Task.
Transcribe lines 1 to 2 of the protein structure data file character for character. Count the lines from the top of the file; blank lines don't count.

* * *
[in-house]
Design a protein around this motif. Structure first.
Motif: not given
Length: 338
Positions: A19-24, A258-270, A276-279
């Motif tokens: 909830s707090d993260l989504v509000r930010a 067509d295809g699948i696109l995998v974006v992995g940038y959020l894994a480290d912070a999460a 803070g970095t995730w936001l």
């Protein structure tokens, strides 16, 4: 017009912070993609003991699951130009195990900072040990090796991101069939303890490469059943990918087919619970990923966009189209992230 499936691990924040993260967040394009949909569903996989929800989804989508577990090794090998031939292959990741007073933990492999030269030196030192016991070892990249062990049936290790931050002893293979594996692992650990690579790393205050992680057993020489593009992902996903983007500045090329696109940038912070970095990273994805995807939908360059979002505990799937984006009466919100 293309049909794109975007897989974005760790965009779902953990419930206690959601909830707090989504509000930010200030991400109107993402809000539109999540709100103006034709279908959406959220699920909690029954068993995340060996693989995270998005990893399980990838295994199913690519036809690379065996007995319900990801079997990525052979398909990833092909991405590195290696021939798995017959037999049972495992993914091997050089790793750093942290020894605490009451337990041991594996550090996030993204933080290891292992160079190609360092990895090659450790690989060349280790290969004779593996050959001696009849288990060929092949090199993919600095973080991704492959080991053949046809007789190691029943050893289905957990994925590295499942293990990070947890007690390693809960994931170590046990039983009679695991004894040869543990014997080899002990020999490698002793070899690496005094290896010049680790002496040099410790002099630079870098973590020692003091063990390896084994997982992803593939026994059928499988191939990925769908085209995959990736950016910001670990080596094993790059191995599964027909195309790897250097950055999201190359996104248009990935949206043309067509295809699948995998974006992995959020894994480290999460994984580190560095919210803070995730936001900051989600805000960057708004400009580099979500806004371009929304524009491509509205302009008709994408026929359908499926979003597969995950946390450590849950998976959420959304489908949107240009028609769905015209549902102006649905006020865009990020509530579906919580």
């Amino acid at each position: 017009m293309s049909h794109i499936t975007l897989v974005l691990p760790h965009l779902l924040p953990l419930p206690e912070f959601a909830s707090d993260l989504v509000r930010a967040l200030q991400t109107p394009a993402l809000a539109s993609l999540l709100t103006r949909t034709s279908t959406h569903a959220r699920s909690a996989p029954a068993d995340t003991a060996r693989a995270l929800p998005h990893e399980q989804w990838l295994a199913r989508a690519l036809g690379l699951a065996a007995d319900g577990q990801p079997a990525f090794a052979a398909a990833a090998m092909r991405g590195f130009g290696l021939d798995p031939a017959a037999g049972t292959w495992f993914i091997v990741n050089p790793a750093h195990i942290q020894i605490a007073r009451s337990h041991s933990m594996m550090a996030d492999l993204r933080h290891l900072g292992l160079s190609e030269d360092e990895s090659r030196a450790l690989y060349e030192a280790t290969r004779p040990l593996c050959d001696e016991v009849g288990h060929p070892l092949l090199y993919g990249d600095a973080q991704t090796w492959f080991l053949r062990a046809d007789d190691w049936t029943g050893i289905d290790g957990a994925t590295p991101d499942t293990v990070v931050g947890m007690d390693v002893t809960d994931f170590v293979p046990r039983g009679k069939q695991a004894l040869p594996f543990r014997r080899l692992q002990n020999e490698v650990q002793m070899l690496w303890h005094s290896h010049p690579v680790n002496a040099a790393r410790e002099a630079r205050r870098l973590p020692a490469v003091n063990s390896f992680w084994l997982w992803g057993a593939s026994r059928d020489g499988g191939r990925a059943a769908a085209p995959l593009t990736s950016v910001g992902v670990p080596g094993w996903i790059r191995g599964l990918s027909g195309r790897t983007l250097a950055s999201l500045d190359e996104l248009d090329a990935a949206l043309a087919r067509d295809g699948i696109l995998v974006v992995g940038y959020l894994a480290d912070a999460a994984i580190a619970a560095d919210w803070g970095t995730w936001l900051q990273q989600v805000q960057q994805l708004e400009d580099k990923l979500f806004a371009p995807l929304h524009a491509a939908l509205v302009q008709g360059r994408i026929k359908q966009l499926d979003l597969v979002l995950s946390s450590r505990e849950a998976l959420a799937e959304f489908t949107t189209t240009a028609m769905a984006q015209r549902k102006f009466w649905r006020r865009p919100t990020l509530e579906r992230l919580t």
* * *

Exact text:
[in-house]
Design a protein around this motif. Structure first.